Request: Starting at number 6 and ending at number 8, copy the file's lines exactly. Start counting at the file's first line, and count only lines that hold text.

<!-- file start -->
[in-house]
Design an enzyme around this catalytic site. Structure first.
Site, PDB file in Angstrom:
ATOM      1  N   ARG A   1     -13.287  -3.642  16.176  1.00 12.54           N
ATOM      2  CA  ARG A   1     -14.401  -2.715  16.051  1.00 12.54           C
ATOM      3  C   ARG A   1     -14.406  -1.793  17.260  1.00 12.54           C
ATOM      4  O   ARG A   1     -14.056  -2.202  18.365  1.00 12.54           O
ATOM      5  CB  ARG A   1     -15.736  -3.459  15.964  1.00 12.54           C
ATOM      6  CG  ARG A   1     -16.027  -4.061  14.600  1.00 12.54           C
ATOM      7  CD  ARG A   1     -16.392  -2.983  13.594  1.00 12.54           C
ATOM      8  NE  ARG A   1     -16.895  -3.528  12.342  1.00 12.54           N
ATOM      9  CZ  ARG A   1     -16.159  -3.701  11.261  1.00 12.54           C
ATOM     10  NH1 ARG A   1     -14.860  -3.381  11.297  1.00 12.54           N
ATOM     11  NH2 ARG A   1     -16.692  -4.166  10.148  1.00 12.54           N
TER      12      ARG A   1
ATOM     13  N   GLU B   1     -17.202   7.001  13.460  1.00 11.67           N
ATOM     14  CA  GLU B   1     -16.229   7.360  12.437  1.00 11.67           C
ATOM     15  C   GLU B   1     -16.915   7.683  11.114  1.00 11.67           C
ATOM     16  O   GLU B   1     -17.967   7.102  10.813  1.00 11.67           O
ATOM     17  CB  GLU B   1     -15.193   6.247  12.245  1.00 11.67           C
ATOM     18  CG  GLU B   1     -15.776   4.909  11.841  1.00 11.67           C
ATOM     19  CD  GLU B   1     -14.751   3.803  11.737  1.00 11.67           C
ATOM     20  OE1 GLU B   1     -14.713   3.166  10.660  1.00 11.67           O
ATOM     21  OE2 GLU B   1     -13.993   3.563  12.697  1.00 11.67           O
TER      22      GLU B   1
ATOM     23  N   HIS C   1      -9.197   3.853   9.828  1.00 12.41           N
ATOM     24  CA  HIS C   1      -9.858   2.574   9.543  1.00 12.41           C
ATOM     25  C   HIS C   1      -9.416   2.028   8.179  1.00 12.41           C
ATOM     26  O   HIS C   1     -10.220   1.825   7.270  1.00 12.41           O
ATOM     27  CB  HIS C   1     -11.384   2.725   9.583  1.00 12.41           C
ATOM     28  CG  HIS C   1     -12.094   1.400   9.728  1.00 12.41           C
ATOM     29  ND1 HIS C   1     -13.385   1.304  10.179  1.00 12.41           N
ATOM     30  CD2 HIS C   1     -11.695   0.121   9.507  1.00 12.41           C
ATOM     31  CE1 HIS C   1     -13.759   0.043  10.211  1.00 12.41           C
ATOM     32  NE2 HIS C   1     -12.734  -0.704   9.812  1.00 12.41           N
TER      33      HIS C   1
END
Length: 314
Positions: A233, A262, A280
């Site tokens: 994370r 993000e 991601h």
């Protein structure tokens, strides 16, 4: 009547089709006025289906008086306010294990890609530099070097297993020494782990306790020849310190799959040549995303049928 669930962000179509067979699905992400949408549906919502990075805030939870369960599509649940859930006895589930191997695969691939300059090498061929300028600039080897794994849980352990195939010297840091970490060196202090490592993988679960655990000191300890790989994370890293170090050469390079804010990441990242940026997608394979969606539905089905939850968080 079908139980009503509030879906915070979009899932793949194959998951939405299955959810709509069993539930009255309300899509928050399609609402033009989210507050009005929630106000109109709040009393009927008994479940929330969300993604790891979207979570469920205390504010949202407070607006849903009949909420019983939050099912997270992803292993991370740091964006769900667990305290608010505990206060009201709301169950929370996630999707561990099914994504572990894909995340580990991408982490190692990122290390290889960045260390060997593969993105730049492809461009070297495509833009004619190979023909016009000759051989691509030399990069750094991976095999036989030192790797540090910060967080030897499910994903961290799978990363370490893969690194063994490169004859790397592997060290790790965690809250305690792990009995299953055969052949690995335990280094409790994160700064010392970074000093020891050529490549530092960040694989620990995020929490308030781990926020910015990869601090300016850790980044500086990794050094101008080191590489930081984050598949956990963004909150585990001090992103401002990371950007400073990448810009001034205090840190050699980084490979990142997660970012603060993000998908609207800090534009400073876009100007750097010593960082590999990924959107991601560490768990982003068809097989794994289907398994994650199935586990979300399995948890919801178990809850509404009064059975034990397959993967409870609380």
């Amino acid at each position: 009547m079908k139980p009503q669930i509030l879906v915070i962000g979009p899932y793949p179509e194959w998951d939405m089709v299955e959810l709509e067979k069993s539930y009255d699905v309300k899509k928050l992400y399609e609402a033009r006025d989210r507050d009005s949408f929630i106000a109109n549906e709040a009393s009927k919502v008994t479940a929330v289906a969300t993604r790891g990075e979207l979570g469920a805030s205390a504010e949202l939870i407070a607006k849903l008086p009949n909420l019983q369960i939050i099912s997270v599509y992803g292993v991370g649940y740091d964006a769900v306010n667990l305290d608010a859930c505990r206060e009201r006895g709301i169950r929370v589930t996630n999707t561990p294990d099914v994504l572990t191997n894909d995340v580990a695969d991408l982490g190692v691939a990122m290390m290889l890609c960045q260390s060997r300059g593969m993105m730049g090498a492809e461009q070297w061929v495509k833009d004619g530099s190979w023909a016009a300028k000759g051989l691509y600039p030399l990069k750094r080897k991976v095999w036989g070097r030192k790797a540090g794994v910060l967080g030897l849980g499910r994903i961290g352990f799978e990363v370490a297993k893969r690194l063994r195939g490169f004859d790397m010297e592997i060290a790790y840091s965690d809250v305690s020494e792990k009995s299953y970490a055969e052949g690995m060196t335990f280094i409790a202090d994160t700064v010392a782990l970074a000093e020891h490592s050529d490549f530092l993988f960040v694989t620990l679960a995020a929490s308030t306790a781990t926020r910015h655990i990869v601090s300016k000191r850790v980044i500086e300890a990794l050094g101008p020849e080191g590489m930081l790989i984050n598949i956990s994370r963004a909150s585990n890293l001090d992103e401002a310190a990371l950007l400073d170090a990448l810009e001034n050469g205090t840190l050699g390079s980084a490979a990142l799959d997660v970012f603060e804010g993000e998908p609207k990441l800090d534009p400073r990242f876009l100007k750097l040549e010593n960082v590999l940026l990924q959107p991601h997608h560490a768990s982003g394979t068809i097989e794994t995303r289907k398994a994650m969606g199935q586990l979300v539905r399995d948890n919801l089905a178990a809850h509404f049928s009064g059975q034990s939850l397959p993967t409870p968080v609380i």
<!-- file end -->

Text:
ATOM      3  C   ARG A   1     -14.406  -1.793  17.260  1.00 12.54           C
ATOM      4  O   ARG A   1     -14.056  -2.202  18.365  1.00 12.54           O
ATOM      5  CB  ARG A   1     -15.736  -3.459  15.964  1.00 12.54           C